Party City is ready for one of its most important selling events — Halloween.
The party goods retailer plans to open 80 to 100 seasonal Halloween stores this year, compared to only 25 in 2020, when celebrations were drastically scaled back due to the pandemic. By comparison, Party City had about 250 Halloween pop-ups in 2019.
“We have new merchandising and store teams that had built over the last 18 months that … are executing well leading up to Halloween and excited to get going with this really fun and important season,” Party City CEO Brad Weston said on the chain’s second-quarter earnings call.
Weston added that the chain is ready for any level of Halloween demand, but that this is still a “volatile and dynamic time.”
“Our wholesale outlook relative to Halloween is stable, consistent, and it looks like everybody is sort of feeling the same as we'll have to see what consumer participation is in Halloween,” he said.
Party City is also moving forward with its next-gen store remodeling program. It remodeled 16 stores in the second quarter, bringing its total to 57 to date. The prototype includes a more curated assortment, lower shelf heights, better signage and a shopping format that allows the store to carry roughly $100,000 less in inventory while still generating higher sales.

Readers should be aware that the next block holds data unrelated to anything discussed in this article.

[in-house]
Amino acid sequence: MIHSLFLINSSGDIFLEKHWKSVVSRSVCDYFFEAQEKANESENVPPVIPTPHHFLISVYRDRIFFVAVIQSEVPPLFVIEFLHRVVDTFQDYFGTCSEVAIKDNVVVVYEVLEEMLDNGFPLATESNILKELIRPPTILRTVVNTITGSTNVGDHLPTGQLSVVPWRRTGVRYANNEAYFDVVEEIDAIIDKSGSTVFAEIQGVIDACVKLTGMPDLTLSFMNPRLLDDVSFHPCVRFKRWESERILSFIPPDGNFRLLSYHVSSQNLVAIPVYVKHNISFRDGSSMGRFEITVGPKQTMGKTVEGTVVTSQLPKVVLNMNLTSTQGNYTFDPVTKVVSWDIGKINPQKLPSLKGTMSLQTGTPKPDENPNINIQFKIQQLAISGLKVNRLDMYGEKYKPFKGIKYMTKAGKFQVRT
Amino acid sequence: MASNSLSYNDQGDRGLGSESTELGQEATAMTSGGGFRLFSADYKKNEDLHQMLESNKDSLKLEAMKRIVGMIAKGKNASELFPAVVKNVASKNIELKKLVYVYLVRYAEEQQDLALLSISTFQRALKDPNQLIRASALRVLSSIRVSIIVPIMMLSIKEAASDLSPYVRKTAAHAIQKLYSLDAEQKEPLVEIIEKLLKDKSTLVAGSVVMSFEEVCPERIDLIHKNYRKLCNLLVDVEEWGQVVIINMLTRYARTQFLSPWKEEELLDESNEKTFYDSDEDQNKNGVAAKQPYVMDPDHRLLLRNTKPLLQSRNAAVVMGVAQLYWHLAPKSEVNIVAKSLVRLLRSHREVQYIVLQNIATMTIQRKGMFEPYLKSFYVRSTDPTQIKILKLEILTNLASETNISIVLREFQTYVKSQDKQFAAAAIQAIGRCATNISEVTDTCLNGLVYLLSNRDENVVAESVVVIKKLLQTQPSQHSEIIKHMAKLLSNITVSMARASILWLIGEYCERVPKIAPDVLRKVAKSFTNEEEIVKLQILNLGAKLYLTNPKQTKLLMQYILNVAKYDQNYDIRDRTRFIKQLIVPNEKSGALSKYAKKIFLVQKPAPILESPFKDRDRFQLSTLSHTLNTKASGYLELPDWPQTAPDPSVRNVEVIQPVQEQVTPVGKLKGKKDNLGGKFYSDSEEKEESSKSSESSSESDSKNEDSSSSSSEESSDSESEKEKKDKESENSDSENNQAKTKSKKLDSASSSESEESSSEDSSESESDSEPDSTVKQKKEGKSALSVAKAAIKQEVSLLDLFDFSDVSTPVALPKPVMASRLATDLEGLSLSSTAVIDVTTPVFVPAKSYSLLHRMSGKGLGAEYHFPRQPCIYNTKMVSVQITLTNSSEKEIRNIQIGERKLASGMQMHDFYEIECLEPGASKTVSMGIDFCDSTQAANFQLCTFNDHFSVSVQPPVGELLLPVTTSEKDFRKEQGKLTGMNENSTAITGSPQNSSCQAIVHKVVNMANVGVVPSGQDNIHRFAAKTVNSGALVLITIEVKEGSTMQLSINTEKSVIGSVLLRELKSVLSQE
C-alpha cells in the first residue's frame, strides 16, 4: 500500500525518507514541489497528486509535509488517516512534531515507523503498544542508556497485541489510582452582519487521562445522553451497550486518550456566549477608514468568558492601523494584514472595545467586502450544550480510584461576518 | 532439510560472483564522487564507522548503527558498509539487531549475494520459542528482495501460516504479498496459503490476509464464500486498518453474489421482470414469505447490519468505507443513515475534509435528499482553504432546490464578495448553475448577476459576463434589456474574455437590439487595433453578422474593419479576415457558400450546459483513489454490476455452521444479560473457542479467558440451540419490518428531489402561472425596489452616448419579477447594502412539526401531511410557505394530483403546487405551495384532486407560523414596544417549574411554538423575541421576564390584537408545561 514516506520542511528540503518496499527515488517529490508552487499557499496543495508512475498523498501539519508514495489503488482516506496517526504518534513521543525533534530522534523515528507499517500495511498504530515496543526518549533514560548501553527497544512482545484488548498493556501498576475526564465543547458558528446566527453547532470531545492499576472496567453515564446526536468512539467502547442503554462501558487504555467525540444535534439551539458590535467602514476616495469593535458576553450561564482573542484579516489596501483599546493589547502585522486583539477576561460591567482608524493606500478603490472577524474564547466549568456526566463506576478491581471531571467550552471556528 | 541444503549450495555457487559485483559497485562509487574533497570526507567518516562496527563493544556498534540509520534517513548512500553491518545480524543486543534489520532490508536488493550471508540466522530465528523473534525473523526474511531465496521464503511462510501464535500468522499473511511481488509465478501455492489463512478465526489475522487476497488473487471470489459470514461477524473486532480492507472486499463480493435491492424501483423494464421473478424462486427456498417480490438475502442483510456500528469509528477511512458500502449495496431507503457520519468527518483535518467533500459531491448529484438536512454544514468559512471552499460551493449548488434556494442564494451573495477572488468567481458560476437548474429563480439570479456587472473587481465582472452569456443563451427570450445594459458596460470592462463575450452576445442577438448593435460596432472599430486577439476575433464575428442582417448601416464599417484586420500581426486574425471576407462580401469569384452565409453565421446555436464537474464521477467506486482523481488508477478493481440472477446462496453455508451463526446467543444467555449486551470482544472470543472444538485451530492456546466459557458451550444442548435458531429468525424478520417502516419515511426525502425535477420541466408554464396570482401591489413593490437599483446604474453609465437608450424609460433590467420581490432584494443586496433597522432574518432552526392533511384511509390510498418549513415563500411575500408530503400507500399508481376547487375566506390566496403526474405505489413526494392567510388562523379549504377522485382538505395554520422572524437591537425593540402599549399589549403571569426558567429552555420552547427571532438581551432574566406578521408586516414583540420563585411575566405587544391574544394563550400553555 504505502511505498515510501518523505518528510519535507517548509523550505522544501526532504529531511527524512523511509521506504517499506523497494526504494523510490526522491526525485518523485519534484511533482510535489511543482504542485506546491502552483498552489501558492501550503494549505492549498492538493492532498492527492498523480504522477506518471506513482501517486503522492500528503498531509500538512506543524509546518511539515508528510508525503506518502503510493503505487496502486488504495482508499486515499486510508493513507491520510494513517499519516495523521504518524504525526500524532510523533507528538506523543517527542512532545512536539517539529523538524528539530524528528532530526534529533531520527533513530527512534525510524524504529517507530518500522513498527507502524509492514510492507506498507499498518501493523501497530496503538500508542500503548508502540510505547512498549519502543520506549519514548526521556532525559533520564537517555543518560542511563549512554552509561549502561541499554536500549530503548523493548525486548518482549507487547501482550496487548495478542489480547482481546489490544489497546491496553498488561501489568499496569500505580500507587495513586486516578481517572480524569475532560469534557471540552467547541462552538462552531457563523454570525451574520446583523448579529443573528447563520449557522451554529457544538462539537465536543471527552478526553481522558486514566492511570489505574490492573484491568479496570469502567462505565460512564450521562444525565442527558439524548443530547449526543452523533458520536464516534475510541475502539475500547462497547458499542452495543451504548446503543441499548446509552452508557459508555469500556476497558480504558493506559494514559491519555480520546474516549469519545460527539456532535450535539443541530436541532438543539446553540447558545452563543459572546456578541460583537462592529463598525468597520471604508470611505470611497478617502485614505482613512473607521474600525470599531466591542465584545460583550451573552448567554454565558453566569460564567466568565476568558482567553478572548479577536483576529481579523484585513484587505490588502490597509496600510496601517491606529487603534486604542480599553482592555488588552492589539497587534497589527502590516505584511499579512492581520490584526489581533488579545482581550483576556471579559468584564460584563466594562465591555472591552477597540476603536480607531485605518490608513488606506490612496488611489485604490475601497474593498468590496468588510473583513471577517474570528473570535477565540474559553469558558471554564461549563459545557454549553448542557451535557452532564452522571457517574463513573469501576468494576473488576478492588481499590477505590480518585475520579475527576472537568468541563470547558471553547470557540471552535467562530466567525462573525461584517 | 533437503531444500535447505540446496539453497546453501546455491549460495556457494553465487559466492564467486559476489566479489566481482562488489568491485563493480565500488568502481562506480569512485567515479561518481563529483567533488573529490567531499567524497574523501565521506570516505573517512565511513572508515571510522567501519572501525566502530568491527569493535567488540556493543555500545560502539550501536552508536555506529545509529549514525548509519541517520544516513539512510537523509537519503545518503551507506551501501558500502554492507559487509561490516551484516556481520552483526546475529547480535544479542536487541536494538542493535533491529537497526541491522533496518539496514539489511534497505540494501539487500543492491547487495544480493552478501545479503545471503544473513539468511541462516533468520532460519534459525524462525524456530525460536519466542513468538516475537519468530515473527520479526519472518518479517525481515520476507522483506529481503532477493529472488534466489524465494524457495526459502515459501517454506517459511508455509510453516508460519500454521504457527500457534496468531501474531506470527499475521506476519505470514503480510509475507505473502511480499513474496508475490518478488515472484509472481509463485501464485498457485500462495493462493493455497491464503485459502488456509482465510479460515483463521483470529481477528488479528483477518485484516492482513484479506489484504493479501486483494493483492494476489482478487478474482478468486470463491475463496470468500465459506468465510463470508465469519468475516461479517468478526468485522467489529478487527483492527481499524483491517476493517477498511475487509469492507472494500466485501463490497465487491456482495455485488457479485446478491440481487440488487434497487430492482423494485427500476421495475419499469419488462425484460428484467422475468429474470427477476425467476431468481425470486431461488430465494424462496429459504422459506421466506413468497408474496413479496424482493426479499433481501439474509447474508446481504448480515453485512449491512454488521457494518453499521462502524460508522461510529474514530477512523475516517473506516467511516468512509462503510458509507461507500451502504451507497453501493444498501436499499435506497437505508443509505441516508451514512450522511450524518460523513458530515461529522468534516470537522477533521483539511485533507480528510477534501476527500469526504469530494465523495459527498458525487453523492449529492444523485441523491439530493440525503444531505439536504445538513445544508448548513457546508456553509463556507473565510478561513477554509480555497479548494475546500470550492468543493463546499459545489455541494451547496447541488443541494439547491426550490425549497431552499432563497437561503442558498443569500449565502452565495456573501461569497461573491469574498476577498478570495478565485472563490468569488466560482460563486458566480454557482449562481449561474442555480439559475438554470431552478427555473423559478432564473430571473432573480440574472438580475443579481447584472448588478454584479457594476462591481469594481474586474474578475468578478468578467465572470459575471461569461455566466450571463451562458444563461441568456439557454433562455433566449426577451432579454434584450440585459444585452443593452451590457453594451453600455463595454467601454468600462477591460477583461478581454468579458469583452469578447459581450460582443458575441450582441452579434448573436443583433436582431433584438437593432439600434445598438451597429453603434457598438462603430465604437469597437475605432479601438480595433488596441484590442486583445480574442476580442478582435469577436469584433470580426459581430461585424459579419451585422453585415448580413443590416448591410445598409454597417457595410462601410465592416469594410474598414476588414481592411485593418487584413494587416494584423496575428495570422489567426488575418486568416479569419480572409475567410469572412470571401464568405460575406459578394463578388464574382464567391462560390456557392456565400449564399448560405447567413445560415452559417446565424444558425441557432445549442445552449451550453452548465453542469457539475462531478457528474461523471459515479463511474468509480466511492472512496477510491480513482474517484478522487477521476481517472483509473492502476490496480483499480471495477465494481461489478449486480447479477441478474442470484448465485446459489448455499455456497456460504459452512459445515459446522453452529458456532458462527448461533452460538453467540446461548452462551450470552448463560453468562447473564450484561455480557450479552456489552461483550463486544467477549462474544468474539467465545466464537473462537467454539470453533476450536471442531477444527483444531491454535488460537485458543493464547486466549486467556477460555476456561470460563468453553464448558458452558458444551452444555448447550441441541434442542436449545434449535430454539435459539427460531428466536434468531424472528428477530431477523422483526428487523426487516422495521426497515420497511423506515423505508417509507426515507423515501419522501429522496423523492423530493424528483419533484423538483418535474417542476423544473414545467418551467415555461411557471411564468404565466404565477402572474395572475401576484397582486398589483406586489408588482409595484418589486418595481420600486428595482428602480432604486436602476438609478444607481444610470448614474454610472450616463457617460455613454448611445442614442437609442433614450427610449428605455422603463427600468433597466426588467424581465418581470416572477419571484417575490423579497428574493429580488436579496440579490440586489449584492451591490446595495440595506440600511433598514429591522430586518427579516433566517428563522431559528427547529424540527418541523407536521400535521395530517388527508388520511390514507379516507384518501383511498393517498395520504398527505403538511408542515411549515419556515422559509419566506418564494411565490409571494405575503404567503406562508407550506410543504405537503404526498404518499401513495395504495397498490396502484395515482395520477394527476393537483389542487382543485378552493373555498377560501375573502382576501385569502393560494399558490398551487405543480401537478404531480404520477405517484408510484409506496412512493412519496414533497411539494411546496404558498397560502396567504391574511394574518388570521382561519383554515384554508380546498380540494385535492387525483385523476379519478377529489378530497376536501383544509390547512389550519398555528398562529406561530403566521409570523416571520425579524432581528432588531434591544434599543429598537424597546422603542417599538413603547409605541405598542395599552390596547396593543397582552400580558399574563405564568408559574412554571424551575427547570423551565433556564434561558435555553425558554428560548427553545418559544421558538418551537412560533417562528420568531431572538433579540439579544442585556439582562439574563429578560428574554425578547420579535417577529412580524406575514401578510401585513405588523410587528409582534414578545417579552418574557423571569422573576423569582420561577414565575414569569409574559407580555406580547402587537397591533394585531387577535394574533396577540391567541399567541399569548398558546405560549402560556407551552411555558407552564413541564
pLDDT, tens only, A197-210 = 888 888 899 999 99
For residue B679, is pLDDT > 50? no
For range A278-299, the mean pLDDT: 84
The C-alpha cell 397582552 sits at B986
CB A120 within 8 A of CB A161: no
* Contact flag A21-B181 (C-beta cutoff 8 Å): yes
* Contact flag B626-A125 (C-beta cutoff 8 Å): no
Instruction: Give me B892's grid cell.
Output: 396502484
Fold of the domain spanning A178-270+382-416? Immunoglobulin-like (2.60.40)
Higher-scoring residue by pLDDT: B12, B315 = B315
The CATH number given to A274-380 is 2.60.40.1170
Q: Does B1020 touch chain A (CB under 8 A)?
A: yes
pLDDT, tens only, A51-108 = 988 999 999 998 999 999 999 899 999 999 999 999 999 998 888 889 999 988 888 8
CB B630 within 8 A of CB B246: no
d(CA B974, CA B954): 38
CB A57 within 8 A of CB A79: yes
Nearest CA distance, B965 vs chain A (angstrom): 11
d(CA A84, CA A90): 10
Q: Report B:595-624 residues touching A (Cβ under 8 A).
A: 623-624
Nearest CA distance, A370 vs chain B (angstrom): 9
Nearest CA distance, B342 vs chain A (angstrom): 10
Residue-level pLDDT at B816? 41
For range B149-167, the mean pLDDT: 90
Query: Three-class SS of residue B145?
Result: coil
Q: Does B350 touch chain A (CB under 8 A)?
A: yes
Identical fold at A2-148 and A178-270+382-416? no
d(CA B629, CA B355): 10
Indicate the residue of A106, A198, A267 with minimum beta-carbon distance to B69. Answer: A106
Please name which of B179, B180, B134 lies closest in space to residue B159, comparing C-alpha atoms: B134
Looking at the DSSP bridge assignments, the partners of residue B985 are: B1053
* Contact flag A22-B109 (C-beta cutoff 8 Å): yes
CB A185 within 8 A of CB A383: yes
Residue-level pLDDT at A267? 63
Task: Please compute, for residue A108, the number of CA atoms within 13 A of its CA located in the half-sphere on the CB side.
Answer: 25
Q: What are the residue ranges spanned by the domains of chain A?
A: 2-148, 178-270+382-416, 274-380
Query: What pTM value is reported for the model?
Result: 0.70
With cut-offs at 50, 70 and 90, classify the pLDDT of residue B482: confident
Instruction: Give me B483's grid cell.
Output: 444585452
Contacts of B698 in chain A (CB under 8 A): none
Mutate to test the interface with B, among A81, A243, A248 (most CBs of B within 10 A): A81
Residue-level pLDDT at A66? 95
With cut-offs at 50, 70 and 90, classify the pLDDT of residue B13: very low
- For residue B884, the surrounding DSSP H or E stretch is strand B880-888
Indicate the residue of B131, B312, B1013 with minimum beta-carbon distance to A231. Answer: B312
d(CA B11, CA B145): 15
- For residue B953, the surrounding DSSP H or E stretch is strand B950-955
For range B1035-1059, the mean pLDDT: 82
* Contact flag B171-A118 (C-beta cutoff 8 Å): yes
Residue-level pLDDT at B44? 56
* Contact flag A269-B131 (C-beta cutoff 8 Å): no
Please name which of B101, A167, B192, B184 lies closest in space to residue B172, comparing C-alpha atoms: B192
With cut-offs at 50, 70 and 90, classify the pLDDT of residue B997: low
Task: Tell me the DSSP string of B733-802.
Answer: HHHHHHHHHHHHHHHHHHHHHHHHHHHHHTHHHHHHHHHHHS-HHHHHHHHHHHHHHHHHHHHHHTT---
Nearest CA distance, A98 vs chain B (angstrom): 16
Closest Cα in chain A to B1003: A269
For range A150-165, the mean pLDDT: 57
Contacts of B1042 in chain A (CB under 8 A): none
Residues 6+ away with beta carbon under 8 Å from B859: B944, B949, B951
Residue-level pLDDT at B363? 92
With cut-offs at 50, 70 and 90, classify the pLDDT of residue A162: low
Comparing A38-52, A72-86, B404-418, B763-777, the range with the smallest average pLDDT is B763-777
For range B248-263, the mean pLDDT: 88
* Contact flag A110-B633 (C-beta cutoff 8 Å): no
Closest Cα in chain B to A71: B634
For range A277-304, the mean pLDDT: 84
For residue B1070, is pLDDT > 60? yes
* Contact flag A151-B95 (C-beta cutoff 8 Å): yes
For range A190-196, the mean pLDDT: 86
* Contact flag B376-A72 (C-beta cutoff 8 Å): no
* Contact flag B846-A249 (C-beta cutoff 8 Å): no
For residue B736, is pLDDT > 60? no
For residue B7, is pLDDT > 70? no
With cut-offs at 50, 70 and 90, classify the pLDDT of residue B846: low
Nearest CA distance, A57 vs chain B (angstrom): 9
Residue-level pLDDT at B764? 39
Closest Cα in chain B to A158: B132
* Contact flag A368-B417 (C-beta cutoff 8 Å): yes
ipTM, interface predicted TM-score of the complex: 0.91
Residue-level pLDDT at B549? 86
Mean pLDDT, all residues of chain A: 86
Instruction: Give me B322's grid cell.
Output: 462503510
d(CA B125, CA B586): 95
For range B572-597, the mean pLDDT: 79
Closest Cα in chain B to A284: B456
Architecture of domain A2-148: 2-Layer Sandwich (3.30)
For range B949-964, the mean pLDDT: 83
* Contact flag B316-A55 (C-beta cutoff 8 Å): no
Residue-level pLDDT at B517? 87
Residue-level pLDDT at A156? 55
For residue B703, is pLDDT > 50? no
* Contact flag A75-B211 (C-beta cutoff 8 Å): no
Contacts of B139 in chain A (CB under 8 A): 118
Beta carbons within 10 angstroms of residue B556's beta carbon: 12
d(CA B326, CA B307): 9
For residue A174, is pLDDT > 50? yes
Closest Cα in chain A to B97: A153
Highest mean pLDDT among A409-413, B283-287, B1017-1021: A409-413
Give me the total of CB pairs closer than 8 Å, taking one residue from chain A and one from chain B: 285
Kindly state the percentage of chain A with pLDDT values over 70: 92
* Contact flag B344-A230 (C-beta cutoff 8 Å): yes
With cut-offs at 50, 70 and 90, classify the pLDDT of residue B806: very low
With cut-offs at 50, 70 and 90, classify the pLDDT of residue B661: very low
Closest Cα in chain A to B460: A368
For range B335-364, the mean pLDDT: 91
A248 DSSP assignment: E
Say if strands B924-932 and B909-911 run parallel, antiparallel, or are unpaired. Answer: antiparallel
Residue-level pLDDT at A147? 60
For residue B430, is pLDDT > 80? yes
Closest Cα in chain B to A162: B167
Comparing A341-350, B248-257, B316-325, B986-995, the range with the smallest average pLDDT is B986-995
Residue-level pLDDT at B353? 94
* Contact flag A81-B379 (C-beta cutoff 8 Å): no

“We plan to have 41 additional next-gen stores by the end of 2021, including 23 new store openings in Q3, bringing our expected year in total to 98,” Weston said on the call.
Weston added that, as the chain continues to innovate and refine the next-gen prototype, its remodeled stores are averaging a sales percentage increase of mid-single digits compared to their control stores.
“Our current performance capital spend is approximately $250,000 for a remodeled store, and it is only $150,000 after tenant improvement allowances,” Weston said. “Even when assumptions vary from the norm, we generally get a payback period for each store of less than three years.”
Based on the continued strength in its next-gen store performance lift, Party City remains committed to an aggressive rollout plan in 2022 and beyond.
“Our continued desire is to upgrade the majority of the chain over the next several years,” Weston said. “So we'll be as aggressive as we can.
Party City reported total revenues of $535.7 million for the quarter ended June 30, an increase of 110.4% compared to the second quarter 2020 driven by a strong rebound of retail sales, partially offset by the divestiture of a significant portion of our international operations in the first quarter of 2021. Total retail sales increased 138.9%. Comparable sales increased 118.3% over the year-ago period and were up 19.1% compared to the second quarter of 2019.
Adjusted net income was $34.1 million, or earnings of $0.29 per diluted share, compared to an adjusted net loss of $61.3 million, or a loss of $0.66 per share, in the second quarter of 2020.
“The quarter was highlighted by robust trends at retail with the recovery at wholesale underway, as expected,” stated Weston in a release. “The strength in performance was broad-based, particularly across our core everyday business, along with improved results in our seasonal categories.”
The company’s retail operations include 831 specialty party supply stores (including franchise stores) throughout North America operating under the names Party City and Halloween City, and e-commerce websites.